"Rudolph Day" is a way of keeping the Christmas spirit alive all year long. You can read a Christmas book, work on a Christmas craft project, listen to Christmas music or watch a Christmas movie.
With Valentine's Day a big focus of February, love is the theme, and love is the theme of the following Christmas books:
The Birds' Christmas Carol, Kate Douglas Wiggin
"Her cheeks and lips were as red as holly-berries, her hair was for all the world the color of a Christmas candle-flame,her eyes were bright as stars, her laugh like the chime of Christmas bells..."
Wiggin is most well-known for her championing of the kindergarten movement and her timeless character Rebecca Randall, the girl from Sunnybrook Farm, but another of her perennial favorites is this short tale of little Carol Bird, born on Christmas Day and named after the songs playing as she was born. As in the manner of so many Victorian children, Carol is a sickly child and lives an invalid life in her room, which is as fine as her father and mother and three older brothers could make it. She occupies part of her shut-in days watching a big family of poor Irish children play outside. On her tenth birthday, she has the idea to invite the little Ruggles children for a Christmas surprise.
While very quaint and with a rather typical heartrending "invalid child" plot, this is nevertheless a sweet holiday story along with a soft story of unselfishness. It's also a lovely window on how Christmas was celebrated in the 1880s.
The Story of Holly and Ivy, Rumer Godden
"This is a story about wishing..."
Holly, a little Christmas doll, is the newest toy in Mr. Blossom's toy shop in the village of Aylesbury, dreams of having a little girl of her own on Christmas Eve, if nothing else to escape Abracadabra, the scoffing stuffed owl who all the other toys are afraid of. Ivy, an orphan at St. Agnes' Orphanage, doesn't even get chosen to spend Christmas with a kind family; instead Miss Shepherd is sending her to St. Agnes' infants home for the holiday. But Ivy instead gets off the train in Aylesbury, where she stubbornly insists she has a grandmother. And Mrs. Jones, the childless wife of the Aylesbury police constable, wakes up Christmas Eve wishing for a little girl.
Well, of course it works out just as you think it might, but it's the getting there that's all the fun. In simple language that can be understood by the youngest child but with great use of words, Godden describes Ivy's and Mrs. Jones' loneliness to perfection, and her account of the wonderful toy shop and the village market makes you long to spend the holidays in a small English town. I have the Scholastic reprint of the original novel, which is illustrated with inventive and thematic red and green pencil drawings, but there's also a version illustrated by Barbara Cooney that's very nice (although for some reason the name of the town has been changed to Appleton). You don't have to be a child to enjoy this luminous Christmas tale.
The Thirteen Days of Christmas, Jenny Overton
I don't remember where or when I found this book, probably on a Borders remainder pile, but I hadn't read it in a while and had forgotten how funny it was.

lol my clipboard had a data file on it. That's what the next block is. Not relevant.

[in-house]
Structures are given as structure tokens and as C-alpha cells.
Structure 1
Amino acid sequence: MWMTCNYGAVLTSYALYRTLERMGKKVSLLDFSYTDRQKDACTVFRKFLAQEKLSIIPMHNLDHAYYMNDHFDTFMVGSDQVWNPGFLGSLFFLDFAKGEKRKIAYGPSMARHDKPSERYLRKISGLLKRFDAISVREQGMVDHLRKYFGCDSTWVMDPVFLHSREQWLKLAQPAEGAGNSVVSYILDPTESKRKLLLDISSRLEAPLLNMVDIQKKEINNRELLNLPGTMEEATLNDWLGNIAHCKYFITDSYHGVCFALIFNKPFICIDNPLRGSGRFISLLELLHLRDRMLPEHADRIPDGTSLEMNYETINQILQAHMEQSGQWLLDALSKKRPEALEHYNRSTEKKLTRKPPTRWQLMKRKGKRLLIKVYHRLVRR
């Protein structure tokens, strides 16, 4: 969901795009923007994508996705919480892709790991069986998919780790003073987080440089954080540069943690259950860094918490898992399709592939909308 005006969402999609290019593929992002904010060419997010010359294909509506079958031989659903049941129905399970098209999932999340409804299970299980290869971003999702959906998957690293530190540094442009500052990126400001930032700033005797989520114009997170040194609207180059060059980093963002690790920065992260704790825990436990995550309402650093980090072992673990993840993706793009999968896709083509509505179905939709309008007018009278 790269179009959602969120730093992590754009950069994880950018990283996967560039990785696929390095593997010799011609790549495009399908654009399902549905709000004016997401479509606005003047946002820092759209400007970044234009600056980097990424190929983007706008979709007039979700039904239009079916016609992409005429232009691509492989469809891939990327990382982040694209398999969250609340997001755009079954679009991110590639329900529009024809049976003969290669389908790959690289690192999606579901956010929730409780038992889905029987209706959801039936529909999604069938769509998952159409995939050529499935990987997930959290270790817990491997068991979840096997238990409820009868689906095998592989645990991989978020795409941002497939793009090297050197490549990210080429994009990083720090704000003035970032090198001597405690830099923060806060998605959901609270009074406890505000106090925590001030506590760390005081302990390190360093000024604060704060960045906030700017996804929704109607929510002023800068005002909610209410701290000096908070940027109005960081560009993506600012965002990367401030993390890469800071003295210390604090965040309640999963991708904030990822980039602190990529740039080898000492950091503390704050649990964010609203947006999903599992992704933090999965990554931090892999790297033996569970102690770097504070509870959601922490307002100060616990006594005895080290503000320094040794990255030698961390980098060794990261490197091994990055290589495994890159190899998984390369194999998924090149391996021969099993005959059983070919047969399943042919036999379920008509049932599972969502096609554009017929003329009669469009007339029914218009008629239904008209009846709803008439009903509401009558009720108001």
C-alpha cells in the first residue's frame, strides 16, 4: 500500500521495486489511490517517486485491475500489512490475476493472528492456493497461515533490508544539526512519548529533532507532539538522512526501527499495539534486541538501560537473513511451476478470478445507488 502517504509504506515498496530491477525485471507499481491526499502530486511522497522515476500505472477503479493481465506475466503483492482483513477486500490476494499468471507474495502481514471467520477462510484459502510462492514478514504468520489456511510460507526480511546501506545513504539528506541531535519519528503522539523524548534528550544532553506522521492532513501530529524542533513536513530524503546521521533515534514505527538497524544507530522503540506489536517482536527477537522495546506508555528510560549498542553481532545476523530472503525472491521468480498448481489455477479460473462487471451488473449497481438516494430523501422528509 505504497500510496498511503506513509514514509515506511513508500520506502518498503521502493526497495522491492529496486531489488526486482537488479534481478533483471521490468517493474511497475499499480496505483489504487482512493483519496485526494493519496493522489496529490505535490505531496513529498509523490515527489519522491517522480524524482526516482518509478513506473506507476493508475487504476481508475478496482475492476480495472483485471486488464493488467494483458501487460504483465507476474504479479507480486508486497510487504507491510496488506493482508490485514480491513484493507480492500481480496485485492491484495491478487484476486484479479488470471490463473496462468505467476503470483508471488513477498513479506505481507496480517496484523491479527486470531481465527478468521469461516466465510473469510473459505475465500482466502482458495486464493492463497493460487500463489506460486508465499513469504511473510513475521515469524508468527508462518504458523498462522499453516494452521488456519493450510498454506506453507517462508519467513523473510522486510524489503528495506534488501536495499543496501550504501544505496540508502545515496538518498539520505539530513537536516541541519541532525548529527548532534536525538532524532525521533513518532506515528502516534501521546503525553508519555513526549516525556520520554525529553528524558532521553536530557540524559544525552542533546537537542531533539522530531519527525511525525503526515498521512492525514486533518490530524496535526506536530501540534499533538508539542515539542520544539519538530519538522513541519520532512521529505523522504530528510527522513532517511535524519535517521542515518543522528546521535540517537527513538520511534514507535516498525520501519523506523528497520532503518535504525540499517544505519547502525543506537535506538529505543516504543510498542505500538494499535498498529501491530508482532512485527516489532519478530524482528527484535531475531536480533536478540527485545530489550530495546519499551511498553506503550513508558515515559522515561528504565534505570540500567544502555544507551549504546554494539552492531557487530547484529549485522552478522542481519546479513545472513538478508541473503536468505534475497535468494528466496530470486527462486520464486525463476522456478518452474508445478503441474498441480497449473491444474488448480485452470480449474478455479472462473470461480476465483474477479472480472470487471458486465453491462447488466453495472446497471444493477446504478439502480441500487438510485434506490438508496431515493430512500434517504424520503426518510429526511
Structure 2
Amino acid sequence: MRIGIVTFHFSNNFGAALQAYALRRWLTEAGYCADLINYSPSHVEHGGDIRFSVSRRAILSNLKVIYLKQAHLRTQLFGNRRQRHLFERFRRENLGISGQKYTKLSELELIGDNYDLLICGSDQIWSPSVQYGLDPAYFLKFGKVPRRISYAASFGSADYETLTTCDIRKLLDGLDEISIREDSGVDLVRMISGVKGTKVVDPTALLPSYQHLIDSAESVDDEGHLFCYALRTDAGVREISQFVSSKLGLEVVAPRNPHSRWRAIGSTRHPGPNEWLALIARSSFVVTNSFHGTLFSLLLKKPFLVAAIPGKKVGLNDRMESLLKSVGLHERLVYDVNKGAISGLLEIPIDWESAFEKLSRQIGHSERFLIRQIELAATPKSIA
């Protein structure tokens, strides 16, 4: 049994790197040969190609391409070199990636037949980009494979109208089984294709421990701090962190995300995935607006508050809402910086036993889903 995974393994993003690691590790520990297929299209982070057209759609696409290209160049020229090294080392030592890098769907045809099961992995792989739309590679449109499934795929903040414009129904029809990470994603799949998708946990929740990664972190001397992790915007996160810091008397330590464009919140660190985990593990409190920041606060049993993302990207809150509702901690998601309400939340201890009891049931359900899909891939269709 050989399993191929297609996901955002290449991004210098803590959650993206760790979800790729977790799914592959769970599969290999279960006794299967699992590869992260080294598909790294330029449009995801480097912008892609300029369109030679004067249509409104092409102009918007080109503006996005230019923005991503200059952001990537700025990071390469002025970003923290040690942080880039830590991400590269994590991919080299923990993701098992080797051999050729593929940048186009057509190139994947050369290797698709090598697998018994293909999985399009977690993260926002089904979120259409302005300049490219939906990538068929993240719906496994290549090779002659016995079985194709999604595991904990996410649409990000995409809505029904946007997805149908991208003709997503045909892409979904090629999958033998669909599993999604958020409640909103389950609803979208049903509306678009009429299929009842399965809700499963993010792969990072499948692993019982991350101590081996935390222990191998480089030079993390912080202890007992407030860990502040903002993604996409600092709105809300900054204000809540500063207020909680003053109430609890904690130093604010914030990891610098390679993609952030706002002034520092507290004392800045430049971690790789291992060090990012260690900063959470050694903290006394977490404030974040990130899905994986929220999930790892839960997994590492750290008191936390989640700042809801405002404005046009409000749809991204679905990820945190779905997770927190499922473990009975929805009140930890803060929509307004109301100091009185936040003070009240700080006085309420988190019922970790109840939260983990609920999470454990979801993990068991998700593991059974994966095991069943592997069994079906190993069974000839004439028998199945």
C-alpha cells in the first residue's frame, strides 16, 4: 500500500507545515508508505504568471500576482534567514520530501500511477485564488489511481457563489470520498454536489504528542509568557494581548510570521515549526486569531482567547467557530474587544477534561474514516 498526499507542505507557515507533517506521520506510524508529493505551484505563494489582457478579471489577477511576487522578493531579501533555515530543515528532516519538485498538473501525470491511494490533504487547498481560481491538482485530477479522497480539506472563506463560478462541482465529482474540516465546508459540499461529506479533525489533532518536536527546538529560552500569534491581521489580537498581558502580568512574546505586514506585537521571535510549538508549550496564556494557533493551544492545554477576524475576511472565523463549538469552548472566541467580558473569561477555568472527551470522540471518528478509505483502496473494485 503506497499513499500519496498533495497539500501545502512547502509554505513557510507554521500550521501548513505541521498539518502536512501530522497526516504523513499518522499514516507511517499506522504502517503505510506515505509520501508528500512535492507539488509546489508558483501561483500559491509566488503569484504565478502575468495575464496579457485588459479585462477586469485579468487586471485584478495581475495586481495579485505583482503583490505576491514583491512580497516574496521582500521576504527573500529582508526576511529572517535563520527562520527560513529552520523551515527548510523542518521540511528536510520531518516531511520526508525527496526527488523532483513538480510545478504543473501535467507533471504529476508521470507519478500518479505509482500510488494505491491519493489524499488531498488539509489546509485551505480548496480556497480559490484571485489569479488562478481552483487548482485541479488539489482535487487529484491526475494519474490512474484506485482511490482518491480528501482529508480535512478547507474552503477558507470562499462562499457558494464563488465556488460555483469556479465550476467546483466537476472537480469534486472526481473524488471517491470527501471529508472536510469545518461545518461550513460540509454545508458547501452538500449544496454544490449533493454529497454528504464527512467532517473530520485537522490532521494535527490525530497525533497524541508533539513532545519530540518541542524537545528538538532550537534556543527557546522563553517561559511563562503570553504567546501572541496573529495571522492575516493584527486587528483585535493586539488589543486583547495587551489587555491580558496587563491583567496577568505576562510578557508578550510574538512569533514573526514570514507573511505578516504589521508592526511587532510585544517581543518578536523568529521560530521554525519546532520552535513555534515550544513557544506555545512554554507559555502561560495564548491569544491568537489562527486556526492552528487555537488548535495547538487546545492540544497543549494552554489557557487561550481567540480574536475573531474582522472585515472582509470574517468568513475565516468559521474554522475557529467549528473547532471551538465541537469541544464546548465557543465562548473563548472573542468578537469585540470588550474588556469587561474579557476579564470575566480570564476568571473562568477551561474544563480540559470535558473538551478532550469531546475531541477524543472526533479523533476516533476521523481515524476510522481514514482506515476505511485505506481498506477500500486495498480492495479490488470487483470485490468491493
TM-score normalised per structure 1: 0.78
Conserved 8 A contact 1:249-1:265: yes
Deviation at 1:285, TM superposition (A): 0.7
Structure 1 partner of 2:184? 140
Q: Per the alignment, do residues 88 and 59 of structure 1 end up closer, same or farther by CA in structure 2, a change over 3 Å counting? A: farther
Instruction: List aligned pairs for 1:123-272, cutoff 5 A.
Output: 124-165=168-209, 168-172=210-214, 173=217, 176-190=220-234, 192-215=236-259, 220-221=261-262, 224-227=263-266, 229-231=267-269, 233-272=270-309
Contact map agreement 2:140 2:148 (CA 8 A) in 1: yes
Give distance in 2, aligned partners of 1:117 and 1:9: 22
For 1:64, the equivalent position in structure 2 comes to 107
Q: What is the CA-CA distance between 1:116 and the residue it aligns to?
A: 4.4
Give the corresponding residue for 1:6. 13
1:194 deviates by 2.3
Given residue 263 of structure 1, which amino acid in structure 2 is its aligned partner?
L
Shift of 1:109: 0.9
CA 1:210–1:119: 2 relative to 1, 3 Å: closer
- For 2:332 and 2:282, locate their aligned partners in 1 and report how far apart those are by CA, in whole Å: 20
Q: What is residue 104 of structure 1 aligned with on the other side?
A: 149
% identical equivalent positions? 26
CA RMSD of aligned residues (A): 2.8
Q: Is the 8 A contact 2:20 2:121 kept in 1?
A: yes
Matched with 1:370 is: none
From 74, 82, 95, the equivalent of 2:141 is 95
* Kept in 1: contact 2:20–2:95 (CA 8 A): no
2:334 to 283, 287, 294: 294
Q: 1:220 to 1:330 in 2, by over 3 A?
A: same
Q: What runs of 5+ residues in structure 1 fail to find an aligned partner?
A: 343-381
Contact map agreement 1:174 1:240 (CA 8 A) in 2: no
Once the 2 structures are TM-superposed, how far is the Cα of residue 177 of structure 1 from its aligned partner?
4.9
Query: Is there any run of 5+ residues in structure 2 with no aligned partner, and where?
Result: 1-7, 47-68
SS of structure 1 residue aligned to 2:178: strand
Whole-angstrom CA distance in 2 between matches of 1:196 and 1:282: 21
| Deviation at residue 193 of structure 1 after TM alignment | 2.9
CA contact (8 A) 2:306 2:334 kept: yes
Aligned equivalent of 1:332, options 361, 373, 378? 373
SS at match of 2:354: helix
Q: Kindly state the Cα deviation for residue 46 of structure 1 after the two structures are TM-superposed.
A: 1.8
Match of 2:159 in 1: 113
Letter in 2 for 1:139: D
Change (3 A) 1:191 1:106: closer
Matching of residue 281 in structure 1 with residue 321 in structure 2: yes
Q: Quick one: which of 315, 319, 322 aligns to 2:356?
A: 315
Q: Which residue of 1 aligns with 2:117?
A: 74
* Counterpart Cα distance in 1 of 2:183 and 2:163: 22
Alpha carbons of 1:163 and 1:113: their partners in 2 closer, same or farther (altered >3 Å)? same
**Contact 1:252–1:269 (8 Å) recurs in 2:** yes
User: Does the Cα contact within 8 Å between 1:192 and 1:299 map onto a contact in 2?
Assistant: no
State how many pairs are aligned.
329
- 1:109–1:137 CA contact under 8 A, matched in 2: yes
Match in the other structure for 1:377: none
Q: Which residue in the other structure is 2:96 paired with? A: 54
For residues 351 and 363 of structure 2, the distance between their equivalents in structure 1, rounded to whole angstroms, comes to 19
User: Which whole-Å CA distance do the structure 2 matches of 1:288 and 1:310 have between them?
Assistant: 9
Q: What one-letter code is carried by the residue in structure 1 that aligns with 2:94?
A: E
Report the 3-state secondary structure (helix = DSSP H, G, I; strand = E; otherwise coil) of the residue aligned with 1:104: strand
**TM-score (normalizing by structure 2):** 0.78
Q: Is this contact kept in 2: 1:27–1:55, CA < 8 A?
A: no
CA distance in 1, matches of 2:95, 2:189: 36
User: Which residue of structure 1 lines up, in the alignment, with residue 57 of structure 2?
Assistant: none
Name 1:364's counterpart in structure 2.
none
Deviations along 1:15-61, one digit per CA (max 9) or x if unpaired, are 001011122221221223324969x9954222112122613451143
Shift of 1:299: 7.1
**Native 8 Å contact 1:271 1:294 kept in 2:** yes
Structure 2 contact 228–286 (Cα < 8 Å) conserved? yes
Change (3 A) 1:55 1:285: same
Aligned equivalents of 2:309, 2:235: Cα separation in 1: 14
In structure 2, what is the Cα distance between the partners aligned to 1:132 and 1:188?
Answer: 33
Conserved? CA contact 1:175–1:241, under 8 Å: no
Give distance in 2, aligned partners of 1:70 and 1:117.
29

After the death of their mother, Prudence, Christopher, and James Kitson, plus their father, are at the mercy of their elder sister Anne (who prefers to be known as "Annaple" because it's a more "romantic" name) whose mind wanders to fantasy thoughts while she's cooking, with most of her meals turning out inedible. Wealthy Francis Vere is in love with Annaple, but, stoked by fairy tales and lush romances, she thinks Francis rather dull. When the children confer with Francis about what to get Annaple as a Christmas gift, they tell him to be imaginative—and on Christmas morning, Frances shows up with a unique present for his persnickety love: a trained partridge in a miniature pear tree. But it's only the first day of Christmas, and there are eleven more surprises in store.
Overton mixes long-abandoned Yuletide customs, when each of the twelve days of Christmas and Epiphany had their own meaning and celebrations and even their own carol, with the hilarious story of mercurial Annaple and her very serious suitor, who takes the Kitson children's ideas and turns them into an inventive method of courtship that gets funnier and funnier as each day dawns and the neighbors start to turn out to see what will happen next. The songs quoted are authentic medieval music and old customs like the Boy Bishop, blessing of keys, "churching day" (bringing the baby Jesus into church and singing a lullaby to Him), lighting fresh candles on New Year's Day, etc. take place. (Actually, this probably takes place after 1582, when the Christian church re-established January 1 as New Year's Day. Before that, celebrating New Year on that date was considered pagan.)
This would be a great book to start on Christmas Eve (the first chapter takes place on St. Nicholas Day, but it probably could be read together with the Christmas Eve chapter) and then read one chapter each day for the twelve days and and Epiphany.
Plus the ultimate romantic Christmas short story: "The Gift of the Magi"
(You can find the pattern for the pretty heart here!)